Clifford Geertz, Art as a Cultural System, in: idem, Local Knowledge: Further Essays in Interpretive Anthropology, New York 1983, pp. 102-109.
 Stephen Greenblatt, Resonance and Wonder, in: Bulletin of the American Academy of Arts and Sciences 43 (1990), 4, p. 20; Svetlana Alpers, The Art of Describing: Dutch Art in the Seventeenth Century, Chicago 1983, p. 8.
 On this reception, see Omar Lizardo, The Cognitive Origins of Bourdieu’s Habitus, in: Journal for the Theory of Social Behaviour 34 (2004) 4, pp. 376-377.
 On these important influences, see Jeremy F Lane, Pierre Bourdieu: A Critical Introduction, London and Sterling 2000, pp. 102; Marie-Anne Lescouret, Bourdieu. Vers une économie du bonheur, Paris 2008, pp. 19-20, 25, 56-57, 136-139, 169-170, 176.
 See for instance the famous study by David Sudnow, both jazz pianist and ethnomethodologist: Ways of the Hand: The Organization of Improvised Conduct, Cambridge Ma. 1978.
 Quoted in T.J. Reiss, Denying the Body? Memory and the Dilemmas of History in Descartes, in: Journal of the History of Ideas 57 (1996), pp. 587-607.
 Bruno Latour, Reassembling the Social: An Introduction to Actor-Network-Theory, Oxford 2005, pp. 209 n. 280.
 Pierre Bourdieu / Yvette Dessault, Pour une sociologie de la perception, in: Actes de la Recherce en Sciences Sociales 40 (1989), pp. 3-9; I used the English translation of Les règles de l’art: Pierre Bourdieu, The Social Genesis of the Eye, in: idem, The Rules of Art, Cambridge 1996, pp. 313-321.
 Ibid., pp. 313-316.
 Christopher Wood, When Attitudes Became Form: Christopher Wood on Michael Baxandall (1933-2008), in: ArtForum (January 2009), pp. 43-44.
 Baxandall, Painting and Experience, p. 109.
 Baxandall, pp. 55-56, 66.
 See for instance: Susan Buck-Morss, Aesthetics and Anaesthetics: Walter Benjamins Art Works Essay Reconsidered, in: October 77 (1992), pp. 3-41; Birgit Meyer and Jojada Verrips, Aesthetics, in: David Morgan (ed.), Key Words in Religion, Media and Culture, London 2008, pp. 20-30; David Howes, Hearing Scents, Tasting Sights: Toward a Cross-Cultural Multimodal Theory of Aesthetics, in: Francesca Bacci and David Melcher (eds.), Art and the Senses, Oxford 2011, pp. 161-182.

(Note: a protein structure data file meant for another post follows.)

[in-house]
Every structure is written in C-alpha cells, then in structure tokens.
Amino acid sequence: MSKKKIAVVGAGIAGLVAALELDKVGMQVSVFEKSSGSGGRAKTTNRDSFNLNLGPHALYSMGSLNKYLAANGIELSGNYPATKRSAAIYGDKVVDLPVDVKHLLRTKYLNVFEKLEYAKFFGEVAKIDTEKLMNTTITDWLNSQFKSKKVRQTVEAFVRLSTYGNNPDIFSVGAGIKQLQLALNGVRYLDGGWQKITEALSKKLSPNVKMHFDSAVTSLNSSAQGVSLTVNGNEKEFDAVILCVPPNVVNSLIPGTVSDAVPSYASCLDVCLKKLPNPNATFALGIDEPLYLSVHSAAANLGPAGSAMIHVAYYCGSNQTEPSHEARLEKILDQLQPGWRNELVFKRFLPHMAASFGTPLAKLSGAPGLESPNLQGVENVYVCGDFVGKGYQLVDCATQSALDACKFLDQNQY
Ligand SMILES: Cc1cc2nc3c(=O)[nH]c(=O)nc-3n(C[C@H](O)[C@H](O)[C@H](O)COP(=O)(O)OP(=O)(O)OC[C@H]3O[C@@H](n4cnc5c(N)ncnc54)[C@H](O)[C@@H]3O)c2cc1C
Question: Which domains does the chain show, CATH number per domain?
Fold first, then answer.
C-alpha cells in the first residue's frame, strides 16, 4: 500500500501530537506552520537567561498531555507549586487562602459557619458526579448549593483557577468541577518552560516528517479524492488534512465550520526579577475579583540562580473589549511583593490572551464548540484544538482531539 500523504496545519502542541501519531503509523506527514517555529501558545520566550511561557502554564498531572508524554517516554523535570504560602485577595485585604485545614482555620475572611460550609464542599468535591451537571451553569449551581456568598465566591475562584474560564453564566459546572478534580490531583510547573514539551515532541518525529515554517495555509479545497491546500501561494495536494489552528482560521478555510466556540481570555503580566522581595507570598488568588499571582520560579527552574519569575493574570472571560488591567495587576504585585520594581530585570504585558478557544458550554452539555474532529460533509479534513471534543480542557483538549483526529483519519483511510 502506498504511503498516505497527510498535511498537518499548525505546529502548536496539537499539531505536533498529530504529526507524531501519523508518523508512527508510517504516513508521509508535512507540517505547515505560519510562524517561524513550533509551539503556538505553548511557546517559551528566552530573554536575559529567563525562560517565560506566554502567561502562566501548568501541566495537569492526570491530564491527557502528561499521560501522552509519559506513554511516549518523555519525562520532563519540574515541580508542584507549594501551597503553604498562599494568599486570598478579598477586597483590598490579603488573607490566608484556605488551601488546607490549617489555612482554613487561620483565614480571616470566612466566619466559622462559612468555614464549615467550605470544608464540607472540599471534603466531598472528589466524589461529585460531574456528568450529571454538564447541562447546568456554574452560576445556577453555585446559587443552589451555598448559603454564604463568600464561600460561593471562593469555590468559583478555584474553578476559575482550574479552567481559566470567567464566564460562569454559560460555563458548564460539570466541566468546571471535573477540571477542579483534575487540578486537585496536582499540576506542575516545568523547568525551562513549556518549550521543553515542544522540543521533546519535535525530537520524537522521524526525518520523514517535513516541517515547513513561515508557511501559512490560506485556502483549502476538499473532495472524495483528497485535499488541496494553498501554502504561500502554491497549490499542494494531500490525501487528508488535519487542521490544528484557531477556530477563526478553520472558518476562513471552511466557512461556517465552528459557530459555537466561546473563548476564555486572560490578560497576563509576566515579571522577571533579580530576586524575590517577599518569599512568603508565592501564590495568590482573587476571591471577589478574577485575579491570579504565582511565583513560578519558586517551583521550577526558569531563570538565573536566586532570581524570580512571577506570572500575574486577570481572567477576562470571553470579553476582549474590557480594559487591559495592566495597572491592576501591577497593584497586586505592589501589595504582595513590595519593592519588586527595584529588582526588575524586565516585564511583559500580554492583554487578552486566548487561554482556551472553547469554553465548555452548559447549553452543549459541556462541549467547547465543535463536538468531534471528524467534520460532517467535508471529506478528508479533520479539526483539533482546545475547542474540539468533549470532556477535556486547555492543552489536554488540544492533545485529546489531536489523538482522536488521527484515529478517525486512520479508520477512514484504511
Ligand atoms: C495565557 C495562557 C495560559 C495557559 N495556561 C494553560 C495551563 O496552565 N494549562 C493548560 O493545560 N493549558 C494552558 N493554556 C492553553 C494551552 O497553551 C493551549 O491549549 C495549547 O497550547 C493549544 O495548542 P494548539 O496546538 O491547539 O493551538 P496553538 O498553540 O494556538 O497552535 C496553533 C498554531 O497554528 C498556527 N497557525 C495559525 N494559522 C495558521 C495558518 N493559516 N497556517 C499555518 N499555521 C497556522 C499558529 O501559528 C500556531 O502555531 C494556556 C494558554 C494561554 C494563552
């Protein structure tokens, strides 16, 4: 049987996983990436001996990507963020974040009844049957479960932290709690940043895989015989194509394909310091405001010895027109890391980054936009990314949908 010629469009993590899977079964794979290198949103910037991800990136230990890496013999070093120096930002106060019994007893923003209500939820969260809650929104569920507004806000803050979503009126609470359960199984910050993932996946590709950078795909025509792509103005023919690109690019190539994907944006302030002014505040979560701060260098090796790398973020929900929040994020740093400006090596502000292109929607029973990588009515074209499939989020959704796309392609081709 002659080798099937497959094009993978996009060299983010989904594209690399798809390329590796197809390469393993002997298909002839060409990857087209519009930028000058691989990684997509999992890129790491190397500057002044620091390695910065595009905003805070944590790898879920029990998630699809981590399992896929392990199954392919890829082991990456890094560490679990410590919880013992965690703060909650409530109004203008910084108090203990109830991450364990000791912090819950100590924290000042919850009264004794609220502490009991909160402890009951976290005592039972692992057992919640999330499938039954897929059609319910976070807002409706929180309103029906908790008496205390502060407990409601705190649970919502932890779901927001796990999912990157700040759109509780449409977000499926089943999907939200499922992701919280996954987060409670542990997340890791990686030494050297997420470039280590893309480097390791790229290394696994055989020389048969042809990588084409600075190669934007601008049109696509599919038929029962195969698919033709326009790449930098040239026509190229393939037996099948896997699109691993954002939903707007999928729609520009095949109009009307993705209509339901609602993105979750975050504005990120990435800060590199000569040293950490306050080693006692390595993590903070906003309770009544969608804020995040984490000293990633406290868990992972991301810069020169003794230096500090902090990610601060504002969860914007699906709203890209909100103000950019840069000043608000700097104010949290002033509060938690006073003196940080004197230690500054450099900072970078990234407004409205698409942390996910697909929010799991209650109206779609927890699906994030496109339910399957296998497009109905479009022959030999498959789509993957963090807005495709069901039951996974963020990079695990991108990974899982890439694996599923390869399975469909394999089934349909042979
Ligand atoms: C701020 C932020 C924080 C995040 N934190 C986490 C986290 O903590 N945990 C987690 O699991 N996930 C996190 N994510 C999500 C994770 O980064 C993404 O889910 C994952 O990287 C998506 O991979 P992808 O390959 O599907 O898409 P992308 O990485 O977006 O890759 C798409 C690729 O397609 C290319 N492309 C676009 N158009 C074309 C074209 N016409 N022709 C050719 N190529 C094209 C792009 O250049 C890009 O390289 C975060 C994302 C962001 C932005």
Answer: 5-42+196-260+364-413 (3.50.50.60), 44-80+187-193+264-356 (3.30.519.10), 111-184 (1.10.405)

Christopher Pinney, Piercing the Skin of the Idol, in: idem and Nicholas Thomas (eds.), Beyond Aesthetics: Art and the Technologies of Enchantment, Oxford 2001, p. 158; Laura Marks, Touch: Sensuous Theory and Multisensory Media, Minneapolis 2002. ‘Somaesthetics’ was coined by the philosopher Richard Shusterman; ‘corporeal eye’ by the film historian Malcolm Turvey; ‘corporeal image’ by the visual anthropologist David MacDougall.
 See for instance: David Freedberg, Antropologia e storia dell’arte: la fine delle discipline?, in: Richerche di Storia dellArte 94 (2008), pp. 5-18; Michael Fried, Mendel’s Realism: Art and Embodiment in Nineteenth-Century Berlin, New Haven CT 2002; David Morgan, The Look of the Sacred, in: Roberto Orsi (ed.), The Cambridge Companion to Religious Studies, New York 2009, pp. 296-318.
 David Freedberg, Antropologia e storia dell’arte: la fine delle discipline?, in: Richerche di Storia dell’Arte 94 (2008), pp. 5-18.
 B Calvo-Merino a.o., Action Observation and Acquired Motor Skills: An fMRI Study with Expert Dancers, in: Cerebral Cortex 15 (2005), 8, pp. 1243-1249.
 Monique Scheer, Are Emotions a Kind of Practice (And is That What Makes Them Have a History)? A Bourdieuian Approach to Understanding Emotion, in: History and Theory 51 (May 2012), p. 220.
 Georges Vigarello, The Upward Training of the Body from the Age of Chivalry to Courtly Civility, in: Michel Feher (ed.), Fragments for a History of the Human Body, New York 1989, pp. 149-106; Herman Roodenburg, The Eloquence of the Body: Studies on Gesture in the Dutch Republic, Zwolle 2004; in an essay written four years ago but only published this year, I expressed a more positive view on the simulation theory of empathy. See Herman Roodenburg, The Visceral Pleasures of Looking. On Iconology, Anthropology, and the Neurosciences, in: Barbara Baert a.o. (eds.), New Perspectives in Iconology: Visual Studies and Anthropology, Brussels 2012, pp. 211-229.